# Proof that uniform convergence implies convergence in norm of function space

In an arbitrary normed space $X$ consider a sequence of functions $f_n:X\to \mathbb{R}$ which converges uniformly to some function $f: X\to \mathbb{R}$. Now consider an arbitrary function space $Y$ (over $\mathbb{R}$) consisting of functions from $X$ to $\mathbb{R}$ with arbitrary norm $\|\cdot\|_Y$, which contains $f_n$ for each natural $n$ and contains $f$.

Now intuitively I feel that uniform convergence should imply that $\|f-f_n\|_Y \xrightarrow[\infty]{n}0$. It is easy enough to prove this in any concrete function space like the $L^p$ spaces, but I'm struggling to find a proof for the general case, which is frustrating because it seems intuitively so obvious.

I feel the proof should go along the lines of, because for any $\varepsilon>0$ we can find a natural $N$ such that for all $n>N$ $$|f(x)-f_n(x)|<\varepsilon \quad \forall x\in X,$$ then in some sense $f-f_n$ is in some sense within an $\varepsilon$ "distance" of $0$. I'm struggling to make this argument concrete using only the ideas of general normed spaces. I now believe that there exists a strange norm which makes this untrue. Translated to metric spaces obviously the discrete metric would give us a suitable counterexample. I can't find a suitable analogue in a normed space because of scalar multiplication.

If anyone can give a proof or provide a counterexample as to whether uniform convergence implies convergence in the norm, or can direct me to a reference on the topic I'd be very appreciative.

EDIT: I'd like to rephrase the question to deal exclusively with the kind of spaces I had in mind, which Daniel Fischer uncannily knew. As he pointed out a counter example will be any space $L^P(X)$ where $\mu(X)=\infty$. So let us rephrase the question and deal with a compact subspace of $X$, say $Z$. Then if we consider a sequence $f_n:Z\to \mathbb{R}$ converging to $f:Z\to \mathbb{R}$, and redefine $Y$ to be a function space consisting of functions from $Z$ to $\mathbb{R}$ with some arbitrary norm, does uniform convergence then imply convergence in the norm? As my measure theory course was rather disappointing I'm not entirely sure that the measure of a compact subset is finite. If not then obviously the answer stays the same. Are there any conditions that force the statement to be true?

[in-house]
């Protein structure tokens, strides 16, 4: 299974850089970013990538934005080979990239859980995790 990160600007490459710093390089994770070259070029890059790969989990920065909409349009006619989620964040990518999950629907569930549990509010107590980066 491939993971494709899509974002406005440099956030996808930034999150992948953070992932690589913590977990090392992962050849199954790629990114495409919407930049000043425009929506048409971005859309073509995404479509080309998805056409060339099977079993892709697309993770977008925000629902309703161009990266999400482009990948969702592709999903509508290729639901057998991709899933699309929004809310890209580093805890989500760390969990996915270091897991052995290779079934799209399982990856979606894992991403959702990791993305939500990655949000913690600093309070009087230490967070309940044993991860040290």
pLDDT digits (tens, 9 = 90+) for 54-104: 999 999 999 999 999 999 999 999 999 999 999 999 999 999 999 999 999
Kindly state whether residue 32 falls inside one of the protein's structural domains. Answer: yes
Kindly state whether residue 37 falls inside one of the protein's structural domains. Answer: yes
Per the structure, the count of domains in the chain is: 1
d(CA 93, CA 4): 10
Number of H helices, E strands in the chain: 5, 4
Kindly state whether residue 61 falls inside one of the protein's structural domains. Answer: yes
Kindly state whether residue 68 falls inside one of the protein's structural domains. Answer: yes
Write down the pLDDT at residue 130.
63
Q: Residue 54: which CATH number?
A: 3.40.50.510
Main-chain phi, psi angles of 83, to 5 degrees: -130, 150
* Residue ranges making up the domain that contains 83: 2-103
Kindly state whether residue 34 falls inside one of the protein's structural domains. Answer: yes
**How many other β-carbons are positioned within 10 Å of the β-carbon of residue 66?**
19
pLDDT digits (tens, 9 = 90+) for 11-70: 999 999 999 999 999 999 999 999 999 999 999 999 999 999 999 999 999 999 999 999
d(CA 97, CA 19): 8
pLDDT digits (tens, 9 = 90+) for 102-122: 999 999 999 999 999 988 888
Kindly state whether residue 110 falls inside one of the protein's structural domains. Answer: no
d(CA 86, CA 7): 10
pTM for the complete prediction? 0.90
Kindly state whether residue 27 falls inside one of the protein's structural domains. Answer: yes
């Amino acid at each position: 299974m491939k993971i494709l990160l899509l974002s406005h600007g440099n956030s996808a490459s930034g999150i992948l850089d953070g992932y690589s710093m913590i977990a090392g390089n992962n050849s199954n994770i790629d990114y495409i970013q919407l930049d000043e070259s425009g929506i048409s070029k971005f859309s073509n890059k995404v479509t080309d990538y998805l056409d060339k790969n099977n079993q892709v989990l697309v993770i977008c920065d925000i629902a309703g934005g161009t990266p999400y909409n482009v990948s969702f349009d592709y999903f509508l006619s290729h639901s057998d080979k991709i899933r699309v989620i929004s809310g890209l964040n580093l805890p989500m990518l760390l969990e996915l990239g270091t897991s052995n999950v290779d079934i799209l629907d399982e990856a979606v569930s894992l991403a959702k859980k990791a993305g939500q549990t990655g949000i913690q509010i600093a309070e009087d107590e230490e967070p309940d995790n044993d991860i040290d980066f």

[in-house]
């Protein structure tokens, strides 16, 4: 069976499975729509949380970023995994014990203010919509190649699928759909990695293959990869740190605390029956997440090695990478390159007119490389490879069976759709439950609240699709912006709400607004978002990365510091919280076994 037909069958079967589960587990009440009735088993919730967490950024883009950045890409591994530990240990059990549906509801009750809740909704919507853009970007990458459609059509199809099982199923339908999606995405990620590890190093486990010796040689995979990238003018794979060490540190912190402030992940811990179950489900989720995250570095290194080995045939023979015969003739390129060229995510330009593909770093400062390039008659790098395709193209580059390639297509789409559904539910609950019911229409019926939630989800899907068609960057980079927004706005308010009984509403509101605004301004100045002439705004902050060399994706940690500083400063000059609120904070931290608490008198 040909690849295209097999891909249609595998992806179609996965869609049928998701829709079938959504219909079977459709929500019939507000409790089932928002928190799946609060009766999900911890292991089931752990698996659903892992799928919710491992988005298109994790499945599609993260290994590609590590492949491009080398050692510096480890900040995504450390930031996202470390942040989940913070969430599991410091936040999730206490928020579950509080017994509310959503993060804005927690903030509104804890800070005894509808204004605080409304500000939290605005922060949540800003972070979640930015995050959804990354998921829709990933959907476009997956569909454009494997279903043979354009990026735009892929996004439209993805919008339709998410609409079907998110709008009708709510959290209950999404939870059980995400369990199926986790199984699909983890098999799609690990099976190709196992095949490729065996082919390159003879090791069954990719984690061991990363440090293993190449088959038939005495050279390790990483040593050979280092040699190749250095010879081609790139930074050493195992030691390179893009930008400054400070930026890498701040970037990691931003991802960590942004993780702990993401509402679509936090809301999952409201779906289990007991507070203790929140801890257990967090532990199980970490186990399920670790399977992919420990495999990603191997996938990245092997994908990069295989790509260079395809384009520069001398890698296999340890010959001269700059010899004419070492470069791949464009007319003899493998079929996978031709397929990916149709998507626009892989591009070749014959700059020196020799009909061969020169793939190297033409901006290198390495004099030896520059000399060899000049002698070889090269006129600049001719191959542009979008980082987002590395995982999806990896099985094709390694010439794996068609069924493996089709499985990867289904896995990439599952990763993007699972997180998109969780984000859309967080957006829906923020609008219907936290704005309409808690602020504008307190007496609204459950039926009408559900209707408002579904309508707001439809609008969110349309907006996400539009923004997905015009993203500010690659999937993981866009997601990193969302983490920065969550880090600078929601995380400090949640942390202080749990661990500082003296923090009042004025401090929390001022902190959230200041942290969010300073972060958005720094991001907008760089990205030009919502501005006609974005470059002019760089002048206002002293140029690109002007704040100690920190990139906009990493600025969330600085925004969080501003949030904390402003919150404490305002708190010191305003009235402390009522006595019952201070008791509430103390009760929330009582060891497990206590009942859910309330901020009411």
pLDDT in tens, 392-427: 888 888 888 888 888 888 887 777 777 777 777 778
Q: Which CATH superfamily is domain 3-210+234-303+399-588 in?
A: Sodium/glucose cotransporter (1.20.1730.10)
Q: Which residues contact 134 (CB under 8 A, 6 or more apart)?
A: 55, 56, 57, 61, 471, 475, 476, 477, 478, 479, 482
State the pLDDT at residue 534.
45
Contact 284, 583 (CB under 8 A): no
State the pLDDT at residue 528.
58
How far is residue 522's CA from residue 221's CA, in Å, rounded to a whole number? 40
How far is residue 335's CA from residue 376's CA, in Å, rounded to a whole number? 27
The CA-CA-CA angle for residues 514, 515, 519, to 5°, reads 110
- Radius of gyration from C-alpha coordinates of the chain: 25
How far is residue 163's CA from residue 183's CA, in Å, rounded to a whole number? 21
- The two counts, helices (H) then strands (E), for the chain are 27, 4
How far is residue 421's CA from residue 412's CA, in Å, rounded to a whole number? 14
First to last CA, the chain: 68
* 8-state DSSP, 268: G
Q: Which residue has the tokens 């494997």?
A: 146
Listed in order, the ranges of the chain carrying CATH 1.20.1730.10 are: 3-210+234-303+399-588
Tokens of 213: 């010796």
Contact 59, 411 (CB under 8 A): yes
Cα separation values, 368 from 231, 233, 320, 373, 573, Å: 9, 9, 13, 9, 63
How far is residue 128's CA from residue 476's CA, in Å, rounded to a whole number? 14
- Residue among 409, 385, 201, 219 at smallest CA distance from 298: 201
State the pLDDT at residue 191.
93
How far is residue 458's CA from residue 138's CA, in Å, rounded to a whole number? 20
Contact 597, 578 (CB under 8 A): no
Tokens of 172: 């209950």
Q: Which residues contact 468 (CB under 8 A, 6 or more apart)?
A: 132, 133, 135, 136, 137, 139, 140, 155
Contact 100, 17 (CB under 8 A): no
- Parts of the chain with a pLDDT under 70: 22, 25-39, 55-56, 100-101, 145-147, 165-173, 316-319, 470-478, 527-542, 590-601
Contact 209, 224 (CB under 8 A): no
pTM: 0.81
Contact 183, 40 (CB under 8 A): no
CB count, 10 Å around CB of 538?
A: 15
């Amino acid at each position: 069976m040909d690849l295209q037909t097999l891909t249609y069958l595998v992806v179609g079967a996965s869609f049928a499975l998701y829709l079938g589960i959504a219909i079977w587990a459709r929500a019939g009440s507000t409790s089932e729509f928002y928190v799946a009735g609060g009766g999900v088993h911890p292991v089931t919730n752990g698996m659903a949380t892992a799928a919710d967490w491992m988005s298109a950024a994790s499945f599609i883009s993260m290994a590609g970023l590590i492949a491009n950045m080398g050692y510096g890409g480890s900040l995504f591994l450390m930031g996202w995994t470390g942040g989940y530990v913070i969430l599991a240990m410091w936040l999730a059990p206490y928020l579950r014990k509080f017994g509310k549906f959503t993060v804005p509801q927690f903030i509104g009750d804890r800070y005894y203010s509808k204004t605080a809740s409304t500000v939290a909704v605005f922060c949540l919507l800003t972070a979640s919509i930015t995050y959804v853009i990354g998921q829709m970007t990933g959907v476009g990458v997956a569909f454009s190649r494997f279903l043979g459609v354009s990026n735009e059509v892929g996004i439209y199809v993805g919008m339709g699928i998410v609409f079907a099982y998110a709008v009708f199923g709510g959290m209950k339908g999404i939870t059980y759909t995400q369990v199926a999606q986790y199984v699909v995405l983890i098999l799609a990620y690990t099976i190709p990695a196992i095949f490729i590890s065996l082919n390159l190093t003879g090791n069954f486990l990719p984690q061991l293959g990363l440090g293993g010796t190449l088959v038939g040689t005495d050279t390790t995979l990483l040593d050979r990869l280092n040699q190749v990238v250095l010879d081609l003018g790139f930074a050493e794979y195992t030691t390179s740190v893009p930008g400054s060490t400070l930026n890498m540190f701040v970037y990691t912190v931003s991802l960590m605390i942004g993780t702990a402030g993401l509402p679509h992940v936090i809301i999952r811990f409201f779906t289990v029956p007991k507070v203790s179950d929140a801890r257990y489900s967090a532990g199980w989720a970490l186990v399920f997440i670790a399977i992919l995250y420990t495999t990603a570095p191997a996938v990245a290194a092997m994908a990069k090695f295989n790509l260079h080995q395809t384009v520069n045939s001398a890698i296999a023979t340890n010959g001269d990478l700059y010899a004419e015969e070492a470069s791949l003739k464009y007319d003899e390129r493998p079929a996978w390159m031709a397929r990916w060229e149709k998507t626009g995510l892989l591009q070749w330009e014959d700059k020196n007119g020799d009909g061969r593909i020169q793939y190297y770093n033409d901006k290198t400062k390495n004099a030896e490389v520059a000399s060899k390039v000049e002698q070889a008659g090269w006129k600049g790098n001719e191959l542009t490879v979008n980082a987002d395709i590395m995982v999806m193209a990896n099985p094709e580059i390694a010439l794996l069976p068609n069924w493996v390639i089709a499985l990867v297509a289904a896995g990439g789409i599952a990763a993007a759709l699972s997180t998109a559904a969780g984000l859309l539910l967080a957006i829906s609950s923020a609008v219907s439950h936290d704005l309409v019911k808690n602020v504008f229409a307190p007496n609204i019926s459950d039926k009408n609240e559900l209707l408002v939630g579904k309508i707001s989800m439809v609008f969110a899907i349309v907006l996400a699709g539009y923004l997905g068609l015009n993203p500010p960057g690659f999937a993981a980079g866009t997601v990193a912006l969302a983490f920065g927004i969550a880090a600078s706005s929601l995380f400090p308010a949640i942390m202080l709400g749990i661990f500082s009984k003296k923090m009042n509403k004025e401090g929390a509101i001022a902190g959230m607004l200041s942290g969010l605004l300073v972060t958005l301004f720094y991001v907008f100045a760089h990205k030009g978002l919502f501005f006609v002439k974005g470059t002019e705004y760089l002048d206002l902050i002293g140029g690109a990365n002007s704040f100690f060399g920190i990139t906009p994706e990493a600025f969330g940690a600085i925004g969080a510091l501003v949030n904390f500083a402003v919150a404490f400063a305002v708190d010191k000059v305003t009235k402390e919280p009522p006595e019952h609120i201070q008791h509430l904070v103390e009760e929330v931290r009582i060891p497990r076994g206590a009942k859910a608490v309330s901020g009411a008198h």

• Look again at your proof for $L^p$ spaces. You probably assumed finite measure of the whole space, didn't you? – Daniel Fischer Sep 30 '16 at 13:08
• @DanielFischer Yes I did in fact. It's obvious now that my proof doesn't work with infinite measure of the whole space. Please see my edit for a rephrasing. Thanks for the pointer. – K.Power Sep 30 '16 at 14:00
• For a special case of measures called Radon, you can say that the measure of a compact set is finite – KyleW Sep 30 '16 at 14:33
• Are you saying that if we have uniform convergence, then we have convergence in every other $L^p$ norm? i.e. uniform convergence implies convergence in every norm? – Pinocchio Dec 10 '17 at 19:51

This is not going to work with any norm. For instance if $X=[0,1]$, $Y=C^1(X)$ with the norm $$||f||_Y=\sup_{x\in [0,1]}\big(|f(x)|+|f'(x)|\big)$$ then uniform convergence of $f_n$ to $f$ (where $f_n$ and $f$ are $C^1$) does not ensure that $||f_n-f||_Y\rightarrow 0$.
• Take $f_n(x)=\dfrac{\sin(2n\pi x)}{\sqrt{n}}$. Then $f_n$ converges uniformly to $f(x)=0$ on $[0,1]$ because $|\sin(2n\pi x)|\leq 1$. But $f_n'(x)=2\pi\sqrt{n}\cos(nx)$ does not even converge pointwise to $f'(x)$. – Olivier Moschetta Sep 30 '16 at 15:02